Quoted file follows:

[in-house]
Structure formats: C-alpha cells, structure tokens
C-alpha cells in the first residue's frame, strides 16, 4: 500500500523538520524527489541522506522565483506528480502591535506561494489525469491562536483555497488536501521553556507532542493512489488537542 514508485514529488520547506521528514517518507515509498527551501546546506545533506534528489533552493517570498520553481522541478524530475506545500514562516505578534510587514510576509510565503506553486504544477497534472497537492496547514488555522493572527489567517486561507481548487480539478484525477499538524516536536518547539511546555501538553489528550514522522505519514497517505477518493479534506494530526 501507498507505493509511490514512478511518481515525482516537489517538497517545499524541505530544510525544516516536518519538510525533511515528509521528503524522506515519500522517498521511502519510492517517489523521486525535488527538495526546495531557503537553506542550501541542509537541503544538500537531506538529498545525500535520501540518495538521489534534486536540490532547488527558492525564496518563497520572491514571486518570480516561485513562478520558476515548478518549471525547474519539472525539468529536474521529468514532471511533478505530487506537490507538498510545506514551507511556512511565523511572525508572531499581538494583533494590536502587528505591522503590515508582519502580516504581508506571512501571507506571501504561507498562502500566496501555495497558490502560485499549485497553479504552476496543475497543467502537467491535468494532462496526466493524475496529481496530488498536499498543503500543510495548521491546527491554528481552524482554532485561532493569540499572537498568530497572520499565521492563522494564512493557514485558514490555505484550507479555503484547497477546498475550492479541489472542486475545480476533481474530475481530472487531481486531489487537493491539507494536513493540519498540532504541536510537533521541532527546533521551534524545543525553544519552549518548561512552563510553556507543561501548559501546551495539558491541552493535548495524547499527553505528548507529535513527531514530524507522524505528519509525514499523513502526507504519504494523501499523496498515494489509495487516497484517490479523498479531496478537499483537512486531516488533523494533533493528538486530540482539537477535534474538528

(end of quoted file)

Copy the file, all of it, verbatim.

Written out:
[in-house]
Structure formats: C-alpha cells, structure tokens
C-alpha cells in the first residue's frame, strides 16, 4: 500500500523538520524527489541522506522565483506528480502591535506561494489525469491562536483555497488536501521553556507532542493512489488537542 514508485514529488520547506521528514517518507515509498527551501546546506545533506534528489533552493517570498520553481522541478524530475506545500514562516505578534510587514510576509510565503506553486504544477497534472497537492496547514488555522493572527489567517486561507481548487480539478484525477499538524516536536518547539511546555501538553489528550514522522505519514497517505477518493479534506494530526 501507498507505493509511490514512478511518481515525482516537489517538497517545499524541505530544510525544516516536518519538510525533511515528509521528503524522506515519500522517498521511502519510492517517489523521486525535488527538495526546495531557503537553506542550501541542509537541503544538500537531506538529498545525500535520501540518495538521489534534486536540490532547488527558492525564496518563497520572491514571486518570480516561485513562478520558476515548478518549471525547474519539472525539468529536474521529468514532471511533478505530487506537490507538498510545506514551507511556512511565523511572525508572531499581538494583533494590536502587528505591522503590515508582519502580516504581508506571512501571507506571501504561507498562502500566496501555495497558490502560485499549485497553479504552476496543475497543467502537467491535468494532462496526466493524475496529481496530488498536499498543503500543510495548521491546527491554528481552524482554532485561532493569540499572537498568530497572520499565521492563522494564512493557514485558514490555505484550507479555503484547497477546498475550492479541489472542486475545480476533481474530475481530472487531481486531489487537493491539507494536513493540519498540532504541536510537533521541532527546533521551534524545543525553544519552549518548561512552563510553556507543561501548559501546551495539558491541552493535548495524547499527553505528548507529535513527531514530524507522524505528519509525514499523513502526507504519504494523501499523496498515494489509495487516497484517490479523498479531496478537499483537512486531516488533523494533533493528538486530540482539537477535534474538528